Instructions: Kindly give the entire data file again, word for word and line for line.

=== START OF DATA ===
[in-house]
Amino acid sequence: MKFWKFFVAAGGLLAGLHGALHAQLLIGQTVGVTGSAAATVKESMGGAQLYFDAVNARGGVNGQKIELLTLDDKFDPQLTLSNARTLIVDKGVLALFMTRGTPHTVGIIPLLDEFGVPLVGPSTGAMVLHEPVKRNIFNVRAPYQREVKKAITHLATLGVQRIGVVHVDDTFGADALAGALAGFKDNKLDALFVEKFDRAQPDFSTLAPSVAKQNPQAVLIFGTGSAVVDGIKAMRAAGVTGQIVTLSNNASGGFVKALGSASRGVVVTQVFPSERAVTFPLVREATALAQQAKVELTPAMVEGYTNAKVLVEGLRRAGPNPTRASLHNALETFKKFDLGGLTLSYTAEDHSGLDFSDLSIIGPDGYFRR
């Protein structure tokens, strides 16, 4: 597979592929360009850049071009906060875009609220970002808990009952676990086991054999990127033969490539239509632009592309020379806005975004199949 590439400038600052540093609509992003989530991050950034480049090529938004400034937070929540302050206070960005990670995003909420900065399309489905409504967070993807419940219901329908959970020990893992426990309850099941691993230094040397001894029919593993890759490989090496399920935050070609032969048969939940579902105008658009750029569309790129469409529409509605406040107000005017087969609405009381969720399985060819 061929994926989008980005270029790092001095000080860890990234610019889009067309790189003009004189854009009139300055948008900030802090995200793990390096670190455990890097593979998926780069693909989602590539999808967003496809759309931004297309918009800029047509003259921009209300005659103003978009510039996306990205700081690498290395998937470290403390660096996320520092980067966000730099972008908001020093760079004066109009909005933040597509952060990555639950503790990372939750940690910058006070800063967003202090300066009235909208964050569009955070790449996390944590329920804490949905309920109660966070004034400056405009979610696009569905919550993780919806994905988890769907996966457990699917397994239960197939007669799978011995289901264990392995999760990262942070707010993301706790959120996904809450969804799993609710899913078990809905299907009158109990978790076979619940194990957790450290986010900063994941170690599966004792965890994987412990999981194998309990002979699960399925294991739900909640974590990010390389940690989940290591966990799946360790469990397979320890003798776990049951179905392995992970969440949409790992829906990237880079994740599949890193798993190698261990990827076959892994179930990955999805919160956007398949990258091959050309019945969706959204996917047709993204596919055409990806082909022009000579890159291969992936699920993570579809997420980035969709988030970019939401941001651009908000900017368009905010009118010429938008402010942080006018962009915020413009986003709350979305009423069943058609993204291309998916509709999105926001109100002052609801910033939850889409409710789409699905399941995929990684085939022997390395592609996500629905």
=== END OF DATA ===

[in-house]
Amino acid sequence: MKFWKFFVAAGGLLAGLHGALHAQLLIGQTVGVTGSAAATVKESMGGAQLYFDAVNARGGVNGQKIELLTLDDKFDPQLTLSNARTLIVDKGVLALFMTRGTPHTVGIIPLLDEFGVPLVGPSTGAMVLHEPVKRNIFNVRAPYQREVKKAITHLATLGVQRIGVVHVDDTFGADALAGALAGFKDNKLDALFVEKFDRAQPDFSTLAPSVAKQNPQAVLIFGTGSAVVDGIKAMRAAGVTGQIVTLSNNASGGFVKALGSASRGVVVTQVFPSERAVTFPLVREATALAQQAKVELTPAMVEGYTNAKVLVEGLRRAGPNPTRASLHNALETFKKFDLGGLTLSYTAEDHSGLDFSDLSIIGPDGYFRR
């Protein structure tokens, strides 16, 4: 597979592929360009850049071009906060875009609220970002808990009952676990086991054999990127033969490539239509632009592309020379806005975004199949 590439400038600052540093609509992003989530991050950034480049090529938004400034937070929540302050206070960005990670995003909420900065399309489905409504967070993807419940219901329908959970020990893992426990309850099941691993230094040397001894029919593993890759490989090496399920935050070609032969048969939940579902105008658009750029569309790129469409529409509605406040107000005017087969609405009381969720399985060819 061929994926989008980005270029790092001095000080860890990234610019889009067309790189003009004189854009009139300055948008900030802090995200793990390096670190455990890097593979998926780069693909989602590539999808967003496809759309931004297309918009800029047509003259921009209300005659103003978009510039996306990205700081690498290395998937470290403390660096996320520092980067966000730099972008908001020093760079004066109009909005933040597509952060990555639950503790990372939750940690910058006070800063967003202090300066009235909208964050569009955070790449996390944590329920804490949905309920109660966070004034400056405009979610696009569905919550993780919806994905988890769907996966457990699917397994239960197939007669799978011995289901264990392995999760990262942070707010993301706790959120996904809450969804799993609710899913078990809905299907009158109990978790076979619940194990957790450290986010900063994941170690599966004792965890994987412990999981194998309990002979699960399925294991739900909640974590990010390389940690989940290591966990799946360790469990397979320890003798776990049951179905392995992970969440949409790992829906990237880079994740599949890193798993190698261990990827076959892994179930990955999805919160956007398949990258091959050309019945969706959204996917047709993204596919055409990806082909022009000579890159291969992936699920993570579809997420980035969709988030970019939401941001651009908000900017368009905010009118010429938008402010942080006018962009915020413009986003709350979305009423069943058609993204291309998916509709999105926001109100002052609801910033939850889409409710789409699905399941995929990684085939022997390395592609996500629905």